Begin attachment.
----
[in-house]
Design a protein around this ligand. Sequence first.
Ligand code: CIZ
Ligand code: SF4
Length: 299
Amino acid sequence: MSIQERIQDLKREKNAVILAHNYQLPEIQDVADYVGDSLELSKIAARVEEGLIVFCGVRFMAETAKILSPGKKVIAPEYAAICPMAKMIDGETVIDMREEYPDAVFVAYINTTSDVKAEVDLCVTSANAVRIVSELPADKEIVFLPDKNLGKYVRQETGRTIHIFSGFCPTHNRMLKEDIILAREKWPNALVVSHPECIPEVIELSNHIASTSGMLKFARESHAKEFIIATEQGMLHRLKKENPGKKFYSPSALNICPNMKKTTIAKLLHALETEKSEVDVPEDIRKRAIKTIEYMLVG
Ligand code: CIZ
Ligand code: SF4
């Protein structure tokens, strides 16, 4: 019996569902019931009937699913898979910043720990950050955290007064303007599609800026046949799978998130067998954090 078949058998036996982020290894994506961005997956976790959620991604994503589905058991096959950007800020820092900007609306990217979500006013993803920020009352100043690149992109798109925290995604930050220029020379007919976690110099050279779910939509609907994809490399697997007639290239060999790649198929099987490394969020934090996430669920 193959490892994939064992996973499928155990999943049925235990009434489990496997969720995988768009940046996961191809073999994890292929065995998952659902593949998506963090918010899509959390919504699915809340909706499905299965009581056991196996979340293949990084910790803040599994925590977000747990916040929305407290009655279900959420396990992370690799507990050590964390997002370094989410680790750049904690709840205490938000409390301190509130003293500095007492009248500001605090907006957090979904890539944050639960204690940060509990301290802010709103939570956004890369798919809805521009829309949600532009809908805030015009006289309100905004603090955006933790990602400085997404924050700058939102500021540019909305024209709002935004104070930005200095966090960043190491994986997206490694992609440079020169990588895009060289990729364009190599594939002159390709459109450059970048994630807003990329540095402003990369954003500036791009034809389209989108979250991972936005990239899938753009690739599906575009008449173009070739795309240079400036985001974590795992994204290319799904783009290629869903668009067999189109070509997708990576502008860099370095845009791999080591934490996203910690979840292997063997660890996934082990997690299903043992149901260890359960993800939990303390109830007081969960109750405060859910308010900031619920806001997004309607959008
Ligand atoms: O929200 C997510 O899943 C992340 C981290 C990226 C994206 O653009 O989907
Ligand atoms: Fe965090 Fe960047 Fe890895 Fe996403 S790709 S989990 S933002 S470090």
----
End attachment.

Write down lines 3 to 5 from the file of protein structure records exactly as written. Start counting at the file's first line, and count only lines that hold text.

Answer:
Ligand code: CIZ
Ligand code: SF4
Length: 299